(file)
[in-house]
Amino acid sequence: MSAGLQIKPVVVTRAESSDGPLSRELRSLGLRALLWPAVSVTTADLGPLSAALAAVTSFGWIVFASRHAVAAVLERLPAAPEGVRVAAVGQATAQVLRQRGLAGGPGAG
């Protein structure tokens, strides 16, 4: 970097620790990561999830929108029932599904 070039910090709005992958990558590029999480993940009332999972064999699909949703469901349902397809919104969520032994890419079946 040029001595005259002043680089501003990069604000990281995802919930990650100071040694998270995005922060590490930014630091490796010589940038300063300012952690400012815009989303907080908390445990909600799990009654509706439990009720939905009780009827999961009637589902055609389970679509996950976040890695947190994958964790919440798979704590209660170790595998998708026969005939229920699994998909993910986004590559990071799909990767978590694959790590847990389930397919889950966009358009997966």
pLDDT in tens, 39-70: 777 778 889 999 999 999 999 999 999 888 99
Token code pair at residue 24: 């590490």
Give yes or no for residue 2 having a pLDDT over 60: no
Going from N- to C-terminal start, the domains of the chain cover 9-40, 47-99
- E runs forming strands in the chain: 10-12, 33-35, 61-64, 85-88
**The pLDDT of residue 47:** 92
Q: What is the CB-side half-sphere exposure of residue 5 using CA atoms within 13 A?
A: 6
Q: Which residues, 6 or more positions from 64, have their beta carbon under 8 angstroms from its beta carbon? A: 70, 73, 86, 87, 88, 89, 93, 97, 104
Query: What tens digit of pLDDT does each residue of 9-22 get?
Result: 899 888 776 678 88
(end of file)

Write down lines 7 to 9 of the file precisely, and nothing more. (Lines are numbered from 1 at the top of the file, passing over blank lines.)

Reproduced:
Going from N- to C-terminal start, the domains of the chain cover 9-40, 47-99
- E runs forming strands in the chain: 10-12, 33-35, 61-64, 85-88
**The pLDDT of residue 47:** 92